Central banks may use conventional or unconventional forms of monetary policy. Whichever is chosen by the European Central Bank (ECB) it influences all Central and Southeast European (CSE) countries.
Central banks are getting increasingly serious about the idea of currency digitalization. Yet, this innovation might complicate their monetary policies to a significant extent.
“If we were to only take into account the wishes of selected members of the Eurozone, we could act faster, but that is impossible,” says Ewald Nowotny, the Governor of the Austria’s central bank, OeNB.
“In good economic times, all market participants become too complacent. But the complacency and insufficient knowledge that are the causes of crises,” said Prof. Daniel Sichel, a former Fed employee.
Central banks and the regulators are increasingly recognizing the potential financial effects of climate change and are engaging in researches into their impact on financial stability.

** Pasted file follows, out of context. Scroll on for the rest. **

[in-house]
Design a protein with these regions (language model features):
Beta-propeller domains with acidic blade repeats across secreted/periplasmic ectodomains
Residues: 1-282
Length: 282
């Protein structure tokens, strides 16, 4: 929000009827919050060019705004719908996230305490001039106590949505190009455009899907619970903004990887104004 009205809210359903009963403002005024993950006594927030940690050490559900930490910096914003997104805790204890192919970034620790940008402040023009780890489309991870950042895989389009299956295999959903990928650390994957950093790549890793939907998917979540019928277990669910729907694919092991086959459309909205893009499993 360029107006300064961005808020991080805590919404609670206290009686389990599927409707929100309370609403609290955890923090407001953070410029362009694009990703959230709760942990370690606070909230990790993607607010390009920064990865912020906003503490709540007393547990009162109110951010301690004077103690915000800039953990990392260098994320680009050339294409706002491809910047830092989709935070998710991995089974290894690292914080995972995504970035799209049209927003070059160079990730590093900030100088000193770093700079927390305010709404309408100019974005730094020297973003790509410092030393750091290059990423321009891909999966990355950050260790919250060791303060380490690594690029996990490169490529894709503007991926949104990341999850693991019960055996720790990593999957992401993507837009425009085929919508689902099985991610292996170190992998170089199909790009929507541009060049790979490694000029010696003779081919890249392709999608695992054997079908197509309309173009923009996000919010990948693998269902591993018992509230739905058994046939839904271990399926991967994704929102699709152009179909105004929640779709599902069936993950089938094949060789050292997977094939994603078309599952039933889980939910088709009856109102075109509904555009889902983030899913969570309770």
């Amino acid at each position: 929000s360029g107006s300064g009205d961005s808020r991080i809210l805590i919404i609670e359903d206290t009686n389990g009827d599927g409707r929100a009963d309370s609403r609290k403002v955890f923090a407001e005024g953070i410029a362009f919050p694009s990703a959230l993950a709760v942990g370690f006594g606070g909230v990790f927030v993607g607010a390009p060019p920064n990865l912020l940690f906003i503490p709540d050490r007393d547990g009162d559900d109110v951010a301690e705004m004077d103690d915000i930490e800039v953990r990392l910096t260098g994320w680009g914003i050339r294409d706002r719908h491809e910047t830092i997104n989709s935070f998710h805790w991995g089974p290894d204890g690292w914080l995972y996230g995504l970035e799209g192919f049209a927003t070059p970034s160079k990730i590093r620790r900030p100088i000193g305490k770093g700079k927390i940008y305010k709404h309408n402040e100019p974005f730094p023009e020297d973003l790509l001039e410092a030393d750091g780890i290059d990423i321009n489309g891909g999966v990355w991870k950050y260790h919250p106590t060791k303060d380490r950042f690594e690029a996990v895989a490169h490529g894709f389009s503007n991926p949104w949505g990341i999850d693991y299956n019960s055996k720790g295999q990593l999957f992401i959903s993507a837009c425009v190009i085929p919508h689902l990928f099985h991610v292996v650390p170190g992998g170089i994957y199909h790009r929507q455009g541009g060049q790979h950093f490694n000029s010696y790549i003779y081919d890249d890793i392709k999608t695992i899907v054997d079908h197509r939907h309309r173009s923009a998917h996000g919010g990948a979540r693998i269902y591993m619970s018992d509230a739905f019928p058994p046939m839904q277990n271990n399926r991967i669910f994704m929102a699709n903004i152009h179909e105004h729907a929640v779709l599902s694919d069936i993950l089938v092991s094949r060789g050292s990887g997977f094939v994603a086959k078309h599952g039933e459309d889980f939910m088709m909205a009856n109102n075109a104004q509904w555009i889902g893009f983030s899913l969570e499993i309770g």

The EUR is an unfinished project and it’s possible that the Eurozone cannot function on a permanent basis at all, warns Thomas Mayer, the former chief economist at Deutsche Bank.
The European Commission proposes that a portion of the central banks' profits from the Eurozone should be transferred to the European Union’s budget as a form of national contribution.
Artificial intelligence (AI) and machine learning will help to predict the economic indicators that are the foundation for the conduct of monetary policy, but robots will not replace central bankers.
Along with the development of the cryptocurrency market there is a growing interest in this area among legislators and regulators, but the adopted approach varies between individual countries.